Environmental Toxins Linked To Increased Risk Of Neurodegenerative Illnesses
New findings published in the journal Proceedings of the Royal Society B suggest that exposure to an environmental toxin that's linked to algae blooms could increase the risk of neurodegenerative disease.
Researchers at the non-profit, EthnoMedicine and the University of Miami Brain Endowment Bank, found that individuals who were chemically exposed to the neurotoxin BMAA that's found in some dangerous algal blooms showed an increased risk of developing a neurodegenerative illnesses, including dementia, ALS and Parkinson's disease.
"Our field work was sort of like reading an Agatha Christie novel. Who is the murderer?" said lead author of the study, Paul Alan Cox, Ph.D., who is an ethnobotanist at the Institute for EthnoMedicine, in a news release. "We knew that other peoples on Guam, including the Filipinos, the Caroline islanders, U.S. military personnel, and expatriate Japanese did not get the disease, only the Chamorro villagers. So as ethnobotanists, we spent our time in the villages, rather than in the clinic, trying to figure out who the hidden killer is."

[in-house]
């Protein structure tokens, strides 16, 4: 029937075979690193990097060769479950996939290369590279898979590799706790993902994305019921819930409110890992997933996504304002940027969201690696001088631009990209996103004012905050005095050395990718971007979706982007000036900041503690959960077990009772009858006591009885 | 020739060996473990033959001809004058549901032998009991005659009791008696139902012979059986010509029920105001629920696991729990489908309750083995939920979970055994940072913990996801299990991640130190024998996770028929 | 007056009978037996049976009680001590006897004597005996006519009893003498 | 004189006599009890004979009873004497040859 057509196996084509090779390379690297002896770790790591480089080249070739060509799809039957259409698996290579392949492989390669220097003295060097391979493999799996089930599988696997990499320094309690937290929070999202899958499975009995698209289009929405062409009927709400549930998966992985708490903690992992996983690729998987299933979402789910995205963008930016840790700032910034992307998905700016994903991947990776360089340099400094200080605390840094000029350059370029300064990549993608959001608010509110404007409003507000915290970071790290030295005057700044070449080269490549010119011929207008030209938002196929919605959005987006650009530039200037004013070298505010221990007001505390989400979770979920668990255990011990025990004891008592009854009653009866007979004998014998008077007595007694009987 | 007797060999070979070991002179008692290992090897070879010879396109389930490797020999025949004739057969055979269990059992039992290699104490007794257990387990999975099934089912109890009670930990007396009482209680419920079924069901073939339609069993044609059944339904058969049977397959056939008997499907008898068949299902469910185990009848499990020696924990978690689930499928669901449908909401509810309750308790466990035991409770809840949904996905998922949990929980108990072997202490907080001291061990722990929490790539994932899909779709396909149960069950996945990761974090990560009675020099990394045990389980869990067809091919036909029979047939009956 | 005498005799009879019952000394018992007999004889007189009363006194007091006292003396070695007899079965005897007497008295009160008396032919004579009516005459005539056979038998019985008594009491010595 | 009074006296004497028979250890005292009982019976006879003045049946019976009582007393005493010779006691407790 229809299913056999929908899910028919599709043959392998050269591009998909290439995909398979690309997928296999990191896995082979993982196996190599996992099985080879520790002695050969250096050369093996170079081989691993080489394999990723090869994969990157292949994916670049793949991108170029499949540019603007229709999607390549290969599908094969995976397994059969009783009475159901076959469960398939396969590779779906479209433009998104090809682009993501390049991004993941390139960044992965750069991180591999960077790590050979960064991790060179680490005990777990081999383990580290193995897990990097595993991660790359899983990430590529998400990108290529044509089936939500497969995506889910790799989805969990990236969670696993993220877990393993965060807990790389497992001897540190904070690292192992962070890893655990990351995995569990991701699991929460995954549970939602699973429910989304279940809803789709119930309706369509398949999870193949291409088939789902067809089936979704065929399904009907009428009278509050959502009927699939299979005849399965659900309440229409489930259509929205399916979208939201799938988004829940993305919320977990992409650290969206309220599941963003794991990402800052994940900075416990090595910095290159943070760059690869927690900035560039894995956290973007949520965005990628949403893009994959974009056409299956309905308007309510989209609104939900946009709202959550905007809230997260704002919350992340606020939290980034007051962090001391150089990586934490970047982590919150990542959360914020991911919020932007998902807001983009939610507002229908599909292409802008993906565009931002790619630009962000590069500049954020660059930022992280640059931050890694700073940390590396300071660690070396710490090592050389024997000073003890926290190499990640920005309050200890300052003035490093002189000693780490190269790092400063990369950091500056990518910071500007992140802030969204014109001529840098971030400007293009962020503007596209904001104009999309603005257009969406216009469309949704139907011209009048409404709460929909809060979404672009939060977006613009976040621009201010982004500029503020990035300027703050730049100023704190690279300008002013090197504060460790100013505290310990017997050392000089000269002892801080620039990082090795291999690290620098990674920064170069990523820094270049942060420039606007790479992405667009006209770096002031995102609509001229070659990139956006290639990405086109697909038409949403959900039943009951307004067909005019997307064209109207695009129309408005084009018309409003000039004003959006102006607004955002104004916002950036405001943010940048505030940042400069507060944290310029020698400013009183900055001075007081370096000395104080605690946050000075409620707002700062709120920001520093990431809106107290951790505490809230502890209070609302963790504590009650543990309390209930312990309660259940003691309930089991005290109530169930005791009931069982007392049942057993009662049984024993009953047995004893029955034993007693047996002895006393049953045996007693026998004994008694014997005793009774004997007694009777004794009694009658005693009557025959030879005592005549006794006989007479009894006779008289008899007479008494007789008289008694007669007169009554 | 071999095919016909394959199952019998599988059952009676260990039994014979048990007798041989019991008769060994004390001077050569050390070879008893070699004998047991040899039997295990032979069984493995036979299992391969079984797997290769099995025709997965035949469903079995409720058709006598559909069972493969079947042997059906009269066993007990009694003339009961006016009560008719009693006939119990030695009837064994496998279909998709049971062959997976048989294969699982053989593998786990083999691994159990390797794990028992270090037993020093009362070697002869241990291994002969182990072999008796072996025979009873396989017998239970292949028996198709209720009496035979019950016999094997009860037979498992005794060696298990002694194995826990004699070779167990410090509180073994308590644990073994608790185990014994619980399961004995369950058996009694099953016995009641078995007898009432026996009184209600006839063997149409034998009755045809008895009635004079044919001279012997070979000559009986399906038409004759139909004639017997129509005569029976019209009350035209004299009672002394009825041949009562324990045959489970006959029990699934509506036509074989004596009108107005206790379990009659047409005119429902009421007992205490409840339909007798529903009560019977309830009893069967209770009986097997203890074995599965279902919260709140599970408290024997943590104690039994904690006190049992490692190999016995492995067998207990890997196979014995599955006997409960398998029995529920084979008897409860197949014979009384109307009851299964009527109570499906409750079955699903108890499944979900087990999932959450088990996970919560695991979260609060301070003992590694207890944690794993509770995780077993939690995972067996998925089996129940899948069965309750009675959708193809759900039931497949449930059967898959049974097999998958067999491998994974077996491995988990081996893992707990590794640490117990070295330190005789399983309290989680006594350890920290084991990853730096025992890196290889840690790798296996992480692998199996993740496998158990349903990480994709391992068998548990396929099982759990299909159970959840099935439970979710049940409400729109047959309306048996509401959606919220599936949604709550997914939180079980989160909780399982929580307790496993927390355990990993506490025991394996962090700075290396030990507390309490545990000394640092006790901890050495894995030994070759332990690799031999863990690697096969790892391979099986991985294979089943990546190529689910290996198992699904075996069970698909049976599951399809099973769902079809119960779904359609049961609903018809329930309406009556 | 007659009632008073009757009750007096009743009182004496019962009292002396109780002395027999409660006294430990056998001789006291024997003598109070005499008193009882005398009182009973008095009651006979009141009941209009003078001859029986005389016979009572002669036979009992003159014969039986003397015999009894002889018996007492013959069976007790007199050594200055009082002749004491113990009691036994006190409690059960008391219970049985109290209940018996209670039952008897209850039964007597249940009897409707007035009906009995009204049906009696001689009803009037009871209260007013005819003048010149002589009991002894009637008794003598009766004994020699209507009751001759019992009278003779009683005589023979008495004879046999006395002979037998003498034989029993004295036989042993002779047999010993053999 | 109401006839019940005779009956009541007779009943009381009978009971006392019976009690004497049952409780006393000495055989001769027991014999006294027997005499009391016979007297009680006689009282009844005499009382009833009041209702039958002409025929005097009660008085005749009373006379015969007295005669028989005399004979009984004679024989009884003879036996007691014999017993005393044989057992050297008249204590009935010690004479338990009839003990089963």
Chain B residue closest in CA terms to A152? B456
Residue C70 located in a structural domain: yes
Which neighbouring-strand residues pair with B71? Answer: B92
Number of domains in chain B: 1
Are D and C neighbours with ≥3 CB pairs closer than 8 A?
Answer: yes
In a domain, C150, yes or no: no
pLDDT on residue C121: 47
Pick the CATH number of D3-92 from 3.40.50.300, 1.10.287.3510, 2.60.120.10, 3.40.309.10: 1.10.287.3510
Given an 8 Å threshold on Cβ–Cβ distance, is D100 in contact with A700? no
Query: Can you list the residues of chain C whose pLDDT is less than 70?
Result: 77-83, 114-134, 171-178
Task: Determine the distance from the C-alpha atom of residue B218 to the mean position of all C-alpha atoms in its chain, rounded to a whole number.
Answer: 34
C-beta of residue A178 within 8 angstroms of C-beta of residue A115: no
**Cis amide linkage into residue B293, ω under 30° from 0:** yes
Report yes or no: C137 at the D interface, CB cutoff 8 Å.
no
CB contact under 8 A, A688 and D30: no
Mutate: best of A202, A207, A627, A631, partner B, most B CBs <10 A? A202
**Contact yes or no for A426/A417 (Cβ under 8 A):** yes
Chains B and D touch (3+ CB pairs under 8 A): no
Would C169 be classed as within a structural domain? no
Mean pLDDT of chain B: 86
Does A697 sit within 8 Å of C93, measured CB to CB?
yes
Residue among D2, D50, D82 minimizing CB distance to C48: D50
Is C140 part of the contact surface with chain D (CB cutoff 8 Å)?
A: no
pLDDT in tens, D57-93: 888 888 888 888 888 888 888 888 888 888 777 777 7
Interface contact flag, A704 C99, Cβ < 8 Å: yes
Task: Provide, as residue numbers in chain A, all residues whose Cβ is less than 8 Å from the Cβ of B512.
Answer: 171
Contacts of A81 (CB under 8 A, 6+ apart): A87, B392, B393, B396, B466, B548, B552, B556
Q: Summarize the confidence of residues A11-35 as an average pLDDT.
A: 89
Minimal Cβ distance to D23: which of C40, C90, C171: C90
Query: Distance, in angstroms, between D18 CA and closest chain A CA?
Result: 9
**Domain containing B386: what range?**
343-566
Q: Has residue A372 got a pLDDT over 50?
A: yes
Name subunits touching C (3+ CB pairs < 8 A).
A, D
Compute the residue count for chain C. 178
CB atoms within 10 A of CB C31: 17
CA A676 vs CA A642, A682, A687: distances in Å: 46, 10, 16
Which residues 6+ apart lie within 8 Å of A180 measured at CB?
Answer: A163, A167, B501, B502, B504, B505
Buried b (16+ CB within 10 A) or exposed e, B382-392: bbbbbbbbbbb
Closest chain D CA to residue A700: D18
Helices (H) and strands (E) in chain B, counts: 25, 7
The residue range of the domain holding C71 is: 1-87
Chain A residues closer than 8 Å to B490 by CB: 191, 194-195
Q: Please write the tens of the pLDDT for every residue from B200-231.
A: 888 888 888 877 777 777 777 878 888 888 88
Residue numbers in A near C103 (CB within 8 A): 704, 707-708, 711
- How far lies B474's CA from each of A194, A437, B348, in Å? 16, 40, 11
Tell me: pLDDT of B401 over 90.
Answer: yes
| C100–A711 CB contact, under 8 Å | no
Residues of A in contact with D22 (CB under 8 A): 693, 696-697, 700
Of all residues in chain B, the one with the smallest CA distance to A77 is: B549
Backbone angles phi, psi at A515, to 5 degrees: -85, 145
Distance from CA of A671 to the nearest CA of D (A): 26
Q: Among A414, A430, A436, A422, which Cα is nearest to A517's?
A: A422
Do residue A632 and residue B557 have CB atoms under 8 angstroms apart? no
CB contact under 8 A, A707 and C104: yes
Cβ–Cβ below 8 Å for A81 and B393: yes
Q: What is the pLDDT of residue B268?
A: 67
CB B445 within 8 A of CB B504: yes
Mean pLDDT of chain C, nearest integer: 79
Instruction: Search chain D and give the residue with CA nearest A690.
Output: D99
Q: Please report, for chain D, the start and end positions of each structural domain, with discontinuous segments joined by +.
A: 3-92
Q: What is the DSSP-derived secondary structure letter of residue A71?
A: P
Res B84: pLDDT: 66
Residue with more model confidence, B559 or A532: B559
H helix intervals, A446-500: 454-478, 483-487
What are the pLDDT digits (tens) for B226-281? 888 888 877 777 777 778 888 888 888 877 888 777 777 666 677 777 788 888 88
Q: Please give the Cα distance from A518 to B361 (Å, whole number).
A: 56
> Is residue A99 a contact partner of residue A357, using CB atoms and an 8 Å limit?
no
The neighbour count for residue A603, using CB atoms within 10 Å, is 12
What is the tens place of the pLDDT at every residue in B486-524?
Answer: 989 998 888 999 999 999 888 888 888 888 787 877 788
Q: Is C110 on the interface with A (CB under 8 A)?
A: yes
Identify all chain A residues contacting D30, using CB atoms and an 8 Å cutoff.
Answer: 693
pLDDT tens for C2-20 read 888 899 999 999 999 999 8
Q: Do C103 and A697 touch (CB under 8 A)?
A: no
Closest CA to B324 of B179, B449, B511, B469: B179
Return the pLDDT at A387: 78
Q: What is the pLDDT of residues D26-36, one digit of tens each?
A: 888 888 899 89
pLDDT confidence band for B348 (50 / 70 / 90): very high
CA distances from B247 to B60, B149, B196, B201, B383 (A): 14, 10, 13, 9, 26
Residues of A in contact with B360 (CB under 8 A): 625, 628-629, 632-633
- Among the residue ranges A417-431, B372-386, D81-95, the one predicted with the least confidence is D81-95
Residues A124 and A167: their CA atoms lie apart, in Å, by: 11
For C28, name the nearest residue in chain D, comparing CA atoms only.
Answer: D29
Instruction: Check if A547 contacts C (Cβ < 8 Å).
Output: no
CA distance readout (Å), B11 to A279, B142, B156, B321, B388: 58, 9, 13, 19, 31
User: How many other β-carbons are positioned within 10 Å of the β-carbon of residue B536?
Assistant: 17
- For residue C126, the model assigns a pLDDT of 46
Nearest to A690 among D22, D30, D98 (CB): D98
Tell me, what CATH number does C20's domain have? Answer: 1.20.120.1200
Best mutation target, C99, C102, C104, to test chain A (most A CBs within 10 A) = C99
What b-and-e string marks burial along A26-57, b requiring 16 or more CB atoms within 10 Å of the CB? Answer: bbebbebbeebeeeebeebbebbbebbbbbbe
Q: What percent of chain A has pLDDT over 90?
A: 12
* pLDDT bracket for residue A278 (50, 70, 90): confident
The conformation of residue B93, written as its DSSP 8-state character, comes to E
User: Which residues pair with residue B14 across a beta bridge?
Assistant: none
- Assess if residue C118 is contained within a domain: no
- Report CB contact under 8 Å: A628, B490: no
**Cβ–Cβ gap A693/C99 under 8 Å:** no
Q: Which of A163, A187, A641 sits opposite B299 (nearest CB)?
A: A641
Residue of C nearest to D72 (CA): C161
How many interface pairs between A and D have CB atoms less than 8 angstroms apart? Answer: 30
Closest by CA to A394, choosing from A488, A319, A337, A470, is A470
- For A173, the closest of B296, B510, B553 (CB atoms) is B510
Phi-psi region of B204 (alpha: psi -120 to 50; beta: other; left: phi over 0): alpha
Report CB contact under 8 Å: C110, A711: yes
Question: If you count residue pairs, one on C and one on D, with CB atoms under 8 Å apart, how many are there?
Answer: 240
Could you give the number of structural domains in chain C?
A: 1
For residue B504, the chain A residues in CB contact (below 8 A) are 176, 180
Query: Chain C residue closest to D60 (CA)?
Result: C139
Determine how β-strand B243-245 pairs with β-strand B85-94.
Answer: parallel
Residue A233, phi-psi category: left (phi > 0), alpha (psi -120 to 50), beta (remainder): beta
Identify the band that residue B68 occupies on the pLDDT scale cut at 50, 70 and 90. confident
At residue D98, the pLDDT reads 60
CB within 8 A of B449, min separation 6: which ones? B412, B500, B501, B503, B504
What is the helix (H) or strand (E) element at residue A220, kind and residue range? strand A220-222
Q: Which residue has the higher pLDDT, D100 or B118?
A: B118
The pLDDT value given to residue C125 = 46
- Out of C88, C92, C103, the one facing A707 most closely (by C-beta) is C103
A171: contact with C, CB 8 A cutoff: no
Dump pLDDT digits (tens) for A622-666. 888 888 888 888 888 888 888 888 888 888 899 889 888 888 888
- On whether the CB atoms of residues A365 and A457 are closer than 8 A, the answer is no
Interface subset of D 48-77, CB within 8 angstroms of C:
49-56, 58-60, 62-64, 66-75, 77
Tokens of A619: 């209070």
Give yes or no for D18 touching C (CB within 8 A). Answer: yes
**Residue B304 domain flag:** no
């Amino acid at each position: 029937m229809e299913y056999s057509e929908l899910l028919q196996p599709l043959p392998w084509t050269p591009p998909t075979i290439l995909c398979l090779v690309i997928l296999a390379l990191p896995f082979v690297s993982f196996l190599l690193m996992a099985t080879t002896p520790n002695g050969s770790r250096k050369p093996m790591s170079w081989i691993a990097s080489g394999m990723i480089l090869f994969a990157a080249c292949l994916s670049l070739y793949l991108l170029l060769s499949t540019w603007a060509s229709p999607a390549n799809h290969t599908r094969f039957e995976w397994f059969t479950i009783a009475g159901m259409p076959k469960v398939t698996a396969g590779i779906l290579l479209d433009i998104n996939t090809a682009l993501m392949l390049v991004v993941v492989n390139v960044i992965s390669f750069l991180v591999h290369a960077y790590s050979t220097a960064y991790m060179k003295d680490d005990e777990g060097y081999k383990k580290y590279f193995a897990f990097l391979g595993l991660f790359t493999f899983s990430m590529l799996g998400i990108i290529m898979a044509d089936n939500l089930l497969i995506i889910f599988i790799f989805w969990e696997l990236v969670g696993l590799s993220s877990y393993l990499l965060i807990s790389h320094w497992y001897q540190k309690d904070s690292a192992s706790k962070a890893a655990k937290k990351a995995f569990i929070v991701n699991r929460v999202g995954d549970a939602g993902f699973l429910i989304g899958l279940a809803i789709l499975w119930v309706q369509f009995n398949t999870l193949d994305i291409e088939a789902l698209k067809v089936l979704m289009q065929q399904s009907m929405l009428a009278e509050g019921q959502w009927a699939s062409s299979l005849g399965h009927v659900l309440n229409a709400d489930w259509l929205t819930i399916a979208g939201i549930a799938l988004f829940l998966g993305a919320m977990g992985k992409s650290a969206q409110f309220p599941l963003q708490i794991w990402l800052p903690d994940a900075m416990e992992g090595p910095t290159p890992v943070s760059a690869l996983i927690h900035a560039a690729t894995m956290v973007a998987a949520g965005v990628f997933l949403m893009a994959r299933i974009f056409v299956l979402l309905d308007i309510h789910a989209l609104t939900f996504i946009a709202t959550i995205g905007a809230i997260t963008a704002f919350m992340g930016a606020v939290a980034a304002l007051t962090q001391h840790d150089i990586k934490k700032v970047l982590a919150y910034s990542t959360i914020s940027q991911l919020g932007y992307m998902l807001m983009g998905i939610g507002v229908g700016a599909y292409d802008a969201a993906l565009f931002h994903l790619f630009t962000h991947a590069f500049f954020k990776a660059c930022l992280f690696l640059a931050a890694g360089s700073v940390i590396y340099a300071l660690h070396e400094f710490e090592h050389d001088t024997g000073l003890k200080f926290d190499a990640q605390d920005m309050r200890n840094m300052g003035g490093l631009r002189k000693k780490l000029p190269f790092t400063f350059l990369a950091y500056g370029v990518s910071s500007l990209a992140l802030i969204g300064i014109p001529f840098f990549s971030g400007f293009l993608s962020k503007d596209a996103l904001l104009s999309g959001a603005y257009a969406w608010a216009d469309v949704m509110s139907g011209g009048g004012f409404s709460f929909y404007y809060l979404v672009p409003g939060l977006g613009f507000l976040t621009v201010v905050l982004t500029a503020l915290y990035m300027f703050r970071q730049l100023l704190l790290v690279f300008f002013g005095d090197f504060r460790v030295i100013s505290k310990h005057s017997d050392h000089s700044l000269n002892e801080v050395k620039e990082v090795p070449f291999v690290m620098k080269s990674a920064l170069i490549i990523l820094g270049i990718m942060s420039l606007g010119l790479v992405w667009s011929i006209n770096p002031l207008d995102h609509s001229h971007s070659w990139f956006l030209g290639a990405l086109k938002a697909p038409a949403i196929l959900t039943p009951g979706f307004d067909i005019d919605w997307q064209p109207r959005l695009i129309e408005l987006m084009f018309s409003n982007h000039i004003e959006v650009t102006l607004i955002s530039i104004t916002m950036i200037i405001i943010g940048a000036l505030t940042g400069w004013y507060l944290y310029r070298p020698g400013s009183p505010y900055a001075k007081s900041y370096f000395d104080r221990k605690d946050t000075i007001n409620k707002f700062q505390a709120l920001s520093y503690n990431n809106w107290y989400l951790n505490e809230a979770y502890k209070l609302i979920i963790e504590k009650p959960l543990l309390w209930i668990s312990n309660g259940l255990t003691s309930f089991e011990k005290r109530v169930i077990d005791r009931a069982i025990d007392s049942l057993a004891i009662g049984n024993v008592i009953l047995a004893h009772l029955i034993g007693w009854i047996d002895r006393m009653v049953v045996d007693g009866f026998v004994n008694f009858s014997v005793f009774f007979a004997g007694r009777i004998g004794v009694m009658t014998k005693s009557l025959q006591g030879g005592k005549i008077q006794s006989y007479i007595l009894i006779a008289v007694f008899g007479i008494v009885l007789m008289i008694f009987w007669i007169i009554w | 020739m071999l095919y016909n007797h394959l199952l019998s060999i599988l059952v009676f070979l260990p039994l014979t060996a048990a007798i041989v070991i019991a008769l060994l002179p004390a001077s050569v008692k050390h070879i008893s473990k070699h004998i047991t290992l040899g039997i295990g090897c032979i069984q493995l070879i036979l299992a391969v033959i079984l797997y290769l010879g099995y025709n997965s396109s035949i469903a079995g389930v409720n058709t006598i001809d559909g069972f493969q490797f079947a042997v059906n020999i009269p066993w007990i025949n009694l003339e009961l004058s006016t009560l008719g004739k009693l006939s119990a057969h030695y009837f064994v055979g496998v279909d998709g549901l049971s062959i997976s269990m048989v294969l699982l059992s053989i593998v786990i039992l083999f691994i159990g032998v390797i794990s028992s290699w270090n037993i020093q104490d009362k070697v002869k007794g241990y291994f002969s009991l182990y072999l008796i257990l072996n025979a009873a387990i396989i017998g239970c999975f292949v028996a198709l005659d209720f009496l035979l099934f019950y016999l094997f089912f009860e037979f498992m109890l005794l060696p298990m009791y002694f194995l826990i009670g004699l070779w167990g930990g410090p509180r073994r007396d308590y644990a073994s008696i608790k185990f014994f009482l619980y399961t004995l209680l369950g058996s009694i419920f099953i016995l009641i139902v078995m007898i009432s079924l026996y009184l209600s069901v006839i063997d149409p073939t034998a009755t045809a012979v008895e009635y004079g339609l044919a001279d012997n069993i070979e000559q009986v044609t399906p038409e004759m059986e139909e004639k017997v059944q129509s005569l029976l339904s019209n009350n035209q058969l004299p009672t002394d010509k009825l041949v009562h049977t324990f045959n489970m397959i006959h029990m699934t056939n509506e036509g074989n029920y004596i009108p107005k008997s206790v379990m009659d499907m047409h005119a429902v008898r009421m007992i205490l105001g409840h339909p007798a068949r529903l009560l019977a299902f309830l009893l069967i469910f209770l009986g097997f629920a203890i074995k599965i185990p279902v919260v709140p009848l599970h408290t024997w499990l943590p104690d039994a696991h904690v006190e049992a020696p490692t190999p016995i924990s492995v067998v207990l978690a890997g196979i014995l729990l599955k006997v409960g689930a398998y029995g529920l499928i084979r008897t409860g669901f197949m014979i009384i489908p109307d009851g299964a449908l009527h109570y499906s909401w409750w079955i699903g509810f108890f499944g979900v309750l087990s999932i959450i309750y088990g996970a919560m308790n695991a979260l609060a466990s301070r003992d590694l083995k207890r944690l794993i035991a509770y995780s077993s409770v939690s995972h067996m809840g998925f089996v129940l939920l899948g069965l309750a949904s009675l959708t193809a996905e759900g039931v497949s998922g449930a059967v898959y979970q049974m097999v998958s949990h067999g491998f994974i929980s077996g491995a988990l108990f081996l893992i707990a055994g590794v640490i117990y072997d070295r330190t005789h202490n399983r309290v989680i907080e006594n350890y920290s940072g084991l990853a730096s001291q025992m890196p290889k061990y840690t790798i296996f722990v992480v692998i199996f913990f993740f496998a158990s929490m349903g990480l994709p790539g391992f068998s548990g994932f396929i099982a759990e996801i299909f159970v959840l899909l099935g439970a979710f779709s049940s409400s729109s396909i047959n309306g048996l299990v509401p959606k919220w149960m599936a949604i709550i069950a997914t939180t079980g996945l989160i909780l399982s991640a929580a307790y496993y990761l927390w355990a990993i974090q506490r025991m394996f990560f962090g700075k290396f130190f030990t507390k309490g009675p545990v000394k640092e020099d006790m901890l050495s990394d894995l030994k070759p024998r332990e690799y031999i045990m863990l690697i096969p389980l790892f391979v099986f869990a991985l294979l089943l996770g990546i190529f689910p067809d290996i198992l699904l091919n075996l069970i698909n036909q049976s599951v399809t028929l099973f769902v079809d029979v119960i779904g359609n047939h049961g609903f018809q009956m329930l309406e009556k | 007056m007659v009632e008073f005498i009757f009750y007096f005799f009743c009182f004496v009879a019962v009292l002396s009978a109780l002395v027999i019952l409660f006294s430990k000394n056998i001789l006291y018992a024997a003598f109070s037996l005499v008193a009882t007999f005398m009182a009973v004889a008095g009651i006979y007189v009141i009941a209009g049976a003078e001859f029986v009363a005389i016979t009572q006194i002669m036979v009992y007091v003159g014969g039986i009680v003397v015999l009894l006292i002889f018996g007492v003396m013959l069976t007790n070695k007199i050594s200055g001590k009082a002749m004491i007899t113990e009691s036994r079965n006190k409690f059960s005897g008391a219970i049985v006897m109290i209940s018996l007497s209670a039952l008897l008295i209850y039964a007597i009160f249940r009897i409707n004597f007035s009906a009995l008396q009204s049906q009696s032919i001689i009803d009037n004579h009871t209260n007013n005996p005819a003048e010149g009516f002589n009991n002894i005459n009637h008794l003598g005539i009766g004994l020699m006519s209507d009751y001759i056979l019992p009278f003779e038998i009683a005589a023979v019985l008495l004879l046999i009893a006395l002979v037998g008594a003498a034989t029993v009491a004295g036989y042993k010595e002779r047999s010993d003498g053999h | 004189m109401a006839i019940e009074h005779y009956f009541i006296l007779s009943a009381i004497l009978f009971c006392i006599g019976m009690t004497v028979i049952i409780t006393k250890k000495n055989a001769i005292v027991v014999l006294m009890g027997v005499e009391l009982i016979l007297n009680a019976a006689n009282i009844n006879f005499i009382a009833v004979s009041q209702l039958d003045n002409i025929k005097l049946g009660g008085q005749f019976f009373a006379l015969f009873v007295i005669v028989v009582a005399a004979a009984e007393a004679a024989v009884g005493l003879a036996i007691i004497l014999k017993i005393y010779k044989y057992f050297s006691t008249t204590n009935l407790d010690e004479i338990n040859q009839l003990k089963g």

During the study, researchers carried out two experiments--each 140 days long, on vervet monkeys. In the first experiment, they fed the monkeys one of three diets: fruits with BMAA, fruits without BMAA and equal parts fruits with BMAA and a dietary amino acid known as L-serine.
While monkeys that did not have exposure to BMAA showed no signs of neuropathology, those who just ate toxin-laced fruits developed neurofibrillary tangles and amyloid deposits--both of which show early signs of Alzheimer's. The others who had a combination of fruits and fruits with BMAA had a lower density of tangles, researchers say.
During the second experiment, researchers only changed the dosages of the toxin. There, findings showed that monkeys who ate BMAA still had tangles and amyloid deposits in their brain tissues following 140 days.
"This study takes a leap forward in showing causality -- that BMAA causes disease," said study co-author, Deborah Mash, Ph.D., director of the University of Miami Brain Endowment Bank. "The tangles and amyloid deposits produced were nearly identical to those found in the brain tissue of the Pacific Islanders who died from the Alzheimer's-like disease."
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